Former SEIU leader Andy Stern and his book Raising the Floor: How a Universal Basic Income Can Renew Our Economy and Rebuild the American Dream have received a considerable amount of publicity since the book’s publication in June. Here are some highlights.
Over the past two months, Andy Stern has been interviewed in many notable podcasts, journals, and other media outlets. In June, for example, Bourree Lam interviewed Stern in The Atlantic about his background with the Service Employees International Union (SEIU) among other topics, and Stern summarized his argument for UBI in video interviews for the American television channel CNBC and the international news agency Bloomberg.
The Guardian also published a piece on self-driving trucks that drew upon Stern’s work, describing future automation in the transportation industry as an example of the impending “tsunami” of job disruption that Stern discusses at length.
Then, in July, Stern appeared as a guest on the Diane Rehm show, a long-running talk radio show sponsored by the National Public Radio, followed by Vox’s popular The Weeds podcast. (The latter included an invigorating discussion with journalists Matthew Yglesias and Ezra Klein, both of whom have recently written about UBI for Vox, along with Sarah Kliff.) Shortly thereafter, Stern participated in a UBI-themed episode of the Australian Broadcasting Corporation’s podcast The Money, along with journalist Megan McArdle (US) and public policy researcher Henning Meyer (UK).
During the Democratic National Convention, Stern joined Salon’s Josh Zepps for a Facebook Live chat about the new direction American politics.
Most recently, Stern appeared on the August 8 episode of NPR’s Think podcast with Krys Boyd.
Reviews of Raising the Floor also appeared in a variety of publications, including TIME, Psychology Today, AlterNet, and Co.Exist.
One reviewer, psychologist Michael Bader, had once worked as part of group hired by Stern to help local unions “develop visions and long-term planning processes which were unfamiliar in many local union cultures” — an experience that made clear to Bader that “Stern broke the mold of a traditional union leader and was willing to experiment, take risks, and anticipate future trends.” In reviewing Raising the Floor, Bader remains impressed by Stern’s vision and ambition; however, he shows some hesitance to accept the forecast of a “tsunami” of job disruption:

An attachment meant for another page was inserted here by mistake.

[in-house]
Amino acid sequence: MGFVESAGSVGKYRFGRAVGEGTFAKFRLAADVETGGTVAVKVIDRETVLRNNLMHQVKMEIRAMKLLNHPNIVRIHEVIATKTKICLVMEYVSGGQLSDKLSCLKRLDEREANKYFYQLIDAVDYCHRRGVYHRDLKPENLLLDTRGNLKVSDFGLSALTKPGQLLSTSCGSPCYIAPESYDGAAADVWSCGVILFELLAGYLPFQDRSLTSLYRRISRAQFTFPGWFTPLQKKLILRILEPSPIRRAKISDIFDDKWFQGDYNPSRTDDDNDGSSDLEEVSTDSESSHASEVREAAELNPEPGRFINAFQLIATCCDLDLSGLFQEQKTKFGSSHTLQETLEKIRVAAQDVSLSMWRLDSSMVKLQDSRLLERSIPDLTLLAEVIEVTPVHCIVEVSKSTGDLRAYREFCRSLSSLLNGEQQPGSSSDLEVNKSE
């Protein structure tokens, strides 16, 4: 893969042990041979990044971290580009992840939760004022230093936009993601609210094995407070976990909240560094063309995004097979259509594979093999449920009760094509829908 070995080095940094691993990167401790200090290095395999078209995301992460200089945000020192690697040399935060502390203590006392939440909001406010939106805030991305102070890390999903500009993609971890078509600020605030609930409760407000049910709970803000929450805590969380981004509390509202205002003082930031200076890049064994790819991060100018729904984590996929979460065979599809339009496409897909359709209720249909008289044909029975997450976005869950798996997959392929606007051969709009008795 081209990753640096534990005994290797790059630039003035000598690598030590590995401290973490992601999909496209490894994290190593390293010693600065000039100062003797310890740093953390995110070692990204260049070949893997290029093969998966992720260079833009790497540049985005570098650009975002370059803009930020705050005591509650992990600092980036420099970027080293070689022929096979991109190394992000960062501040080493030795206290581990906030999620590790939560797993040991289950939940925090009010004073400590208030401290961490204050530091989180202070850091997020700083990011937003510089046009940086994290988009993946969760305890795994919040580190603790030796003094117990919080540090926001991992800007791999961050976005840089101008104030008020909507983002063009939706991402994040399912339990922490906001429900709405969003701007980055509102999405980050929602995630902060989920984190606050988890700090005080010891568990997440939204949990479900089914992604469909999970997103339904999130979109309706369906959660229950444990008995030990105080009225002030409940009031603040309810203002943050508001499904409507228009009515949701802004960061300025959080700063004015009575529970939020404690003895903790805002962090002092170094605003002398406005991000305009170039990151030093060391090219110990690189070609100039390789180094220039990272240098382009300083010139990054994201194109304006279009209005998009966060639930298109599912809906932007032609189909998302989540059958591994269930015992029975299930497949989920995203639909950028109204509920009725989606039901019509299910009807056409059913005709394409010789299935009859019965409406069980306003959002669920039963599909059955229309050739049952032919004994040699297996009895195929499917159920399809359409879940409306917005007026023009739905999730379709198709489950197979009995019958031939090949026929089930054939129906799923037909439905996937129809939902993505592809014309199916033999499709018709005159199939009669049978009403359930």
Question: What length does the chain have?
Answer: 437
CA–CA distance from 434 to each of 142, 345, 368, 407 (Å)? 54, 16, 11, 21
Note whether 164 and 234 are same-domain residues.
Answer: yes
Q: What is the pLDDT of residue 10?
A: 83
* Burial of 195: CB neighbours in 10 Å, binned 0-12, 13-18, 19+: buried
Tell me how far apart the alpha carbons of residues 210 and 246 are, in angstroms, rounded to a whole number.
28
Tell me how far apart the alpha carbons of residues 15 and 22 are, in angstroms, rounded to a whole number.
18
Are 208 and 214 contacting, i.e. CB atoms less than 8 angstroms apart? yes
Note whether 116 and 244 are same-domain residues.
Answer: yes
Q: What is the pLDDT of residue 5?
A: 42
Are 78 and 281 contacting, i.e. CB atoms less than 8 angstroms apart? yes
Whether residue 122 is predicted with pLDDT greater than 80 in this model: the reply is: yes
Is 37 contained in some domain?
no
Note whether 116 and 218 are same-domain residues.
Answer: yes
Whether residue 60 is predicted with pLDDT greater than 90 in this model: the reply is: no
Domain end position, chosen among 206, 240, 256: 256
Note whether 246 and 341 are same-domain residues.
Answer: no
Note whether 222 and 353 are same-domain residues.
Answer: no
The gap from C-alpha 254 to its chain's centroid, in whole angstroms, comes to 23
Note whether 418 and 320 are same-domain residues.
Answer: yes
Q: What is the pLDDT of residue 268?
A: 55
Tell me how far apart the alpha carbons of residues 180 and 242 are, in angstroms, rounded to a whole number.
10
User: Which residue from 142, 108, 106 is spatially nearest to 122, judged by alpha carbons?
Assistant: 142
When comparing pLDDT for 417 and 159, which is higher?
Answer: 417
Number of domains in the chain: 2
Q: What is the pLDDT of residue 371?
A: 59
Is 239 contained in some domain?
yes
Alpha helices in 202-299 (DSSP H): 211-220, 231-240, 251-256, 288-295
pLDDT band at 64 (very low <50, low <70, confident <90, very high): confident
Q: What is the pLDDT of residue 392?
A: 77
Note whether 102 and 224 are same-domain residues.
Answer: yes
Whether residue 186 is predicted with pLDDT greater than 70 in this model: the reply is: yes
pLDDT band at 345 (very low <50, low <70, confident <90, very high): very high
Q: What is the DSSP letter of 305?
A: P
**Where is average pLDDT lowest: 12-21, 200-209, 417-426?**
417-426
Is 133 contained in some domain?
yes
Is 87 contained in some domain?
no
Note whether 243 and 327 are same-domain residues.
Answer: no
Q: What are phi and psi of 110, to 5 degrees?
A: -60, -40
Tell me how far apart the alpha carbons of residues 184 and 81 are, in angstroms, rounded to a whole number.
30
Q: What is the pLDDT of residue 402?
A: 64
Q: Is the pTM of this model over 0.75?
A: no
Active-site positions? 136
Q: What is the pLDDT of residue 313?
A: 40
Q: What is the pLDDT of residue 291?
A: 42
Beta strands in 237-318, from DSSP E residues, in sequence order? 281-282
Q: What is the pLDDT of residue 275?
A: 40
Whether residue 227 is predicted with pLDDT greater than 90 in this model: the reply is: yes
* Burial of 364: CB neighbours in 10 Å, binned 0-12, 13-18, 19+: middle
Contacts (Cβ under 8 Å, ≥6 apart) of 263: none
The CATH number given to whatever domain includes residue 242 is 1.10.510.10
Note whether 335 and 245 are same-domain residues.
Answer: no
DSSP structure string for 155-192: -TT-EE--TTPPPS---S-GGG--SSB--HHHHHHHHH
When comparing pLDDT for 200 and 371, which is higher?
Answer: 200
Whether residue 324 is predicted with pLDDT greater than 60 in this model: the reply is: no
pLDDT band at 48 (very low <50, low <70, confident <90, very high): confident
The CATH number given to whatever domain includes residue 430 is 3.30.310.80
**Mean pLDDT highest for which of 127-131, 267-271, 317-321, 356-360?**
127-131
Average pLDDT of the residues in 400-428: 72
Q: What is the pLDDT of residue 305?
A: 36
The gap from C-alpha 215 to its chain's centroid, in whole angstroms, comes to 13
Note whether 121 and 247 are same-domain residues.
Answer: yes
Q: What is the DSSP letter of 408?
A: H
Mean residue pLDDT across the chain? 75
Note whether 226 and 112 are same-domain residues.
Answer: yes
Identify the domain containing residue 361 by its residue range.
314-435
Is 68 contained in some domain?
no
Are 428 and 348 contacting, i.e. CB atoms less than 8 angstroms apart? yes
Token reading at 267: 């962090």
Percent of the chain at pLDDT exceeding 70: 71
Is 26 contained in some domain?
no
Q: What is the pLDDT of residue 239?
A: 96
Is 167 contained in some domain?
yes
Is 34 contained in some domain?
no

If you buy Stern’s analysis of the magnitude of the catastrophe coming our way in the form of skyrocketing unemployment and underemployment driven by automation, artificial intelligence, robotics, and other new technologies, then you have to question whether traditional progressive solutions—stronger unions, a redistributive tax and regulatory system, a more activist government, and a broader and more effective social safety net—are sufficient to meet the challenge. If the answer is no, then radical ideas like the UBI start to break through our cynicism. In that case, we owe Andy Stern a debt of gratitude.
On the other hand, TIME editor Rana Foroohar is willing to accept that massive job disruption will take place, but she questions whether Stern has been too pessimistic regarding the future of organized labor:
The book fails to acknowledge another possibility, namely that the economic disruption it sketches, which will destroy both blue and white-collar jobs, could actually create a bigger, broader labor movement in the long run, perhaps the very long run. … Tech-related job disruption will affect all of us. That in itself may provide fresh impetus, and a big new market, for the next generation of labor organizers.
Meanwhile, Ben Schiller, a reporter at Co.Exist and known supporter of UBI, agrees with the main ideas expressed in the book, and commends Stern for getting into the “nitty-gritty” of implementation: “In the last chapter, he offers a blueprint for introducing UBI, covering the funding side, the politics side, and the out-in-the-streets mobilization side.”
As would be expected, reviewers, interviewers, and callers to radio shows have all varied in their willingness to accept both Stern’s forecast of cataclysmic economic disruption and his proposed solution of a universal basic income. In any case, the far-reaching publicity has helped to bring the idea of UBI, and some of the major arguments in its favor, to many people throughout America and the world.
Olivia Solon, “Self-driving trucks: what’s the future for America’s 3.5 million trucks?”, The Guardian; June 17, 2016.
Bourree Lam, “The Case for Unions to Support a Universal Basic Income“, The Atlantic; June 27, 2016.
Michael Bader, “Is Universal Basic Income a Powerful Strategy Against Job-Killing Automation? Andy Stern Thinks So“, AlterNet (also published in Psychology Today); July 1, 2016.
Rana Foroohar, “We’re About to Live in a World of Economic Hunger Games“, TIME; July 19, 2016.
Ben Schiller, “You Want A Basic Income? Here’s How We Might Actually Do It“, Co. Exist; July 25, 2016.
“Basic Income and Police Shootings”, Panoply Media (originally recorded for The Weeds by Vox); Jul 15, 2016.
“Andy Stern: ‘Raising The Floor’”, The Diane Rehm Show; July 11, 2016. “A universal basic wage?“, ABC; July 21, 2016.
Samantha Guzman, “The Case for Universal Basic Income”, KERA News; August 8, 2016.
“The Argument for Universal Basic Income in the U.S.“, Bloomberg; June 17, 2016.
Andy Stern, “Why we should give every adult $1,000/month for free“, CNBC Power Lunch; June 22, 2016.
Reinvent, “A Proposal for Universal Basic Income from the Former President of SEIU”, YouTube; July 20, 2016.
Michael Garofalo, “A little isn’t enough: Tackling big problems with big solutions at the DNC”, Salon; July 26, 2016.